Meanwhile, Park and coworkers were embarking on a similar journey. They found using ChIP-seq that several unrelated transcription factors seemed to have common targets, which didn’t make biological sense. Control experiments looking at binding sites of Mnn10p (a cytoplasmic protein not expected to have any contact with DNA), or even using nonspecific antibodies that didn’t recognize any yeast proteins, still gave the same set of ChIP targets. Again, these targets were all highly expressed genes.

Each group found several factors contributing to this artifact, although all the reasons why highly expressed regions yield false positives may not yet be uncovered.  But whatever the reasons, this finding helps explain some previously perplexing results – such as binding of Mediator complex all over the genome, or the paradoxical binding of silencing regulator Sir3p to the GAL1-GAL10 regulatory region under conditions where transcription is activated, not silenced.

In response to these issues, many researchers are actively trying to improve the ChIP technique. Kasinathan and colleagues have devised a method that they call ORGANIC (Occupied Regions of Genomes from Affinity-purified Naturally Isolated Chromatin) that eliminates crosslinking and substitutes micrococcal nuclease treatment for sonication (to shorten the DNA fragments).  In a pilot project, they mapped binding sites for the transcription factors Reb1p and Abf1p. The method looks to be both accurate and sensitive. Most binding locations that they found contained the binding motif sequence for that transcription factor, and also correlated with in vivo occupancy as determined by Dnase I footprinting – both of which support their biological relevance. Importantly, the technique shows no bias towards highly expressed regions.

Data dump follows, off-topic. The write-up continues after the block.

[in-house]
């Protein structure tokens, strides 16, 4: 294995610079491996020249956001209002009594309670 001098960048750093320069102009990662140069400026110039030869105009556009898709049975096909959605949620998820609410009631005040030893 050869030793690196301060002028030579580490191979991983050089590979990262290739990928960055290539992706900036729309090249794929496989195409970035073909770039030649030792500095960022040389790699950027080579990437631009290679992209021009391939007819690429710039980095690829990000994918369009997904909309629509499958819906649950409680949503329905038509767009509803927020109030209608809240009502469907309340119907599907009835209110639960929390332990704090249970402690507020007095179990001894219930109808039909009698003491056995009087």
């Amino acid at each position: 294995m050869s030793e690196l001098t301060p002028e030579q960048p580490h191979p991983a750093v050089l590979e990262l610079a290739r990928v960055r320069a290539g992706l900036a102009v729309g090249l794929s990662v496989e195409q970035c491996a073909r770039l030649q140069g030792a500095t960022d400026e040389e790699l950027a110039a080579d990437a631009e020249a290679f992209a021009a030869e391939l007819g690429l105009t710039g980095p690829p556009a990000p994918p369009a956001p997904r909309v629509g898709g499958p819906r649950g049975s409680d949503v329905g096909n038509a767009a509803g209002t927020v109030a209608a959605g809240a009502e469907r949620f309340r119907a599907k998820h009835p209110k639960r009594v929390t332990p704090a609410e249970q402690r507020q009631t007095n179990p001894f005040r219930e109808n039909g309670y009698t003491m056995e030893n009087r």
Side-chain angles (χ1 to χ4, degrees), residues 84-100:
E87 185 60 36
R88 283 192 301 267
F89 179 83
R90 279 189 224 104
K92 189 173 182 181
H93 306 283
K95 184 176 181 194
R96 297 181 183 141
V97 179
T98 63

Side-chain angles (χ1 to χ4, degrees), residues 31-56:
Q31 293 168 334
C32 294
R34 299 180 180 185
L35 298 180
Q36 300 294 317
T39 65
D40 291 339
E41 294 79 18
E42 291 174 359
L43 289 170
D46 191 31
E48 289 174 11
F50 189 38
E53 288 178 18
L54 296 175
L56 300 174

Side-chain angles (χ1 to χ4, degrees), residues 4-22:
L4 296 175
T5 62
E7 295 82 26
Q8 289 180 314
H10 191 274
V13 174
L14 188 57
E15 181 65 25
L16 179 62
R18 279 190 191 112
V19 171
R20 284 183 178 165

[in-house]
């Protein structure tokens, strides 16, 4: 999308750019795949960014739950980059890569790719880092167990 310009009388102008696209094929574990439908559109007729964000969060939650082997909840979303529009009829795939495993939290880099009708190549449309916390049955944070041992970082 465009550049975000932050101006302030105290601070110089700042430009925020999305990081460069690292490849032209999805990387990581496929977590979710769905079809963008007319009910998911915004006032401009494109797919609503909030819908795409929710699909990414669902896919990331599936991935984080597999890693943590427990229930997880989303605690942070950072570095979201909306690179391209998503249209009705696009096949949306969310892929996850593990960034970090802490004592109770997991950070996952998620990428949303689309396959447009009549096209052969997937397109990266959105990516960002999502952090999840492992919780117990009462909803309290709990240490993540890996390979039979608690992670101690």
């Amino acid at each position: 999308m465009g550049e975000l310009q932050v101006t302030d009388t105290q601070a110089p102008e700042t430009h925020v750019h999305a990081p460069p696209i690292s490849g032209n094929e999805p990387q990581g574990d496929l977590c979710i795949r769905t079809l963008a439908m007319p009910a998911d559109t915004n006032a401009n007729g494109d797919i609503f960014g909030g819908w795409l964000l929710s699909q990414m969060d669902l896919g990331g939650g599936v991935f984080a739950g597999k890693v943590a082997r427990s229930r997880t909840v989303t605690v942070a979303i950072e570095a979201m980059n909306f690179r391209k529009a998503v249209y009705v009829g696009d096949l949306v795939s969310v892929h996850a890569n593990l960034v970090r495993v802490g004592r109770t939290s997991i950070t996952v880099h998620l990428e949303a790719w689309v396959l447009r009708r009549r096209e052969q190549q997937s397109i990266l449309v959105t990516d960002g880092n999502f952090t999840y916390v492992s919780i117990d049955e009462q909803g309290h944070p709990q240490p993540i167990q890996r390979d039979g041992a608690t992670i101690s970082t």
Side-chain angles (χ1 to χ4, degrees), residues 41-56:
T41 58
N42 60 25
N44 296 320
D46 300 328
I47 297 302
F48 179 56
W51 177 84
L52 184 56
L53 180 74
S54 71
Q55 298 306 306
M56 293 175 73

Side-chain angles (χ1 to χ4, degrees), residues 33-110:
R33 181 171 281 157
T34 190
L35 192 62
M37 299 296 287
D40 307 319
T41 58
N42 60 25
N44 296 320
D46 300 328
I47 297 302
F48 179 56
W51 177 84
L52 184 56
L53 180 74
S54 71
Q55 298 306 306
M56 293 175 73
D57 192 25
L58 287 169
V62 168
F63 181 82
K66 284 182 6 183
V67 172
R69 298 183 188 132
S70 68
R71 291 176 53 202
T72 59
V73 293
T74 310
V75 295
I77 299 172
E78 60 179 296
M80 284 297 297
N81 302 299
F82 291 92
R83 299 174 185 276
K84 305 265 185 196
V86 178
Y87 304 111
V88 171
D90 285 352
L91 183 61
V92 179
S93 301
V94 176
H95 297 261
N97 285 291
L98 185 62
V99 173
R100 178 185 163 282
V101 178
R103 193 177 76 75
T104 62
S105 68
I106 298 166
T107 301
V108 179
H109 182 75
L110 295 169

The lesson for researchers is that ChIP results for highly expressed genes, particularly those done using older protocols, need to be viewed cautiously.  And of course this artifact could be an issue for organisms other than yeast. ChIP experiments are used across species, and have been valuable in elucidating the targets of disease-related proteins like the tumor suppressor p53.

The fact that yeast genetics and molecular biology have so well established the roles of certain chromatin-associated proteins was a key part of this puzzle, helping to point out the artifactual nature of some of the ChIP results. Just as a new recipe for potato chips could allow us to eat more of them while staying healthy, yeast research has led the way to a new recipe for more accurate ChIP studies.

Aside from the molecular biology behind this work, it is quite interesting from a sociological point of view as well. What is it like to make a discovery that calls into question a routinely-used technique and a lot of published results? Lenny Teytelman’s blog post on this topic provides a fascinating glimpse into this situation.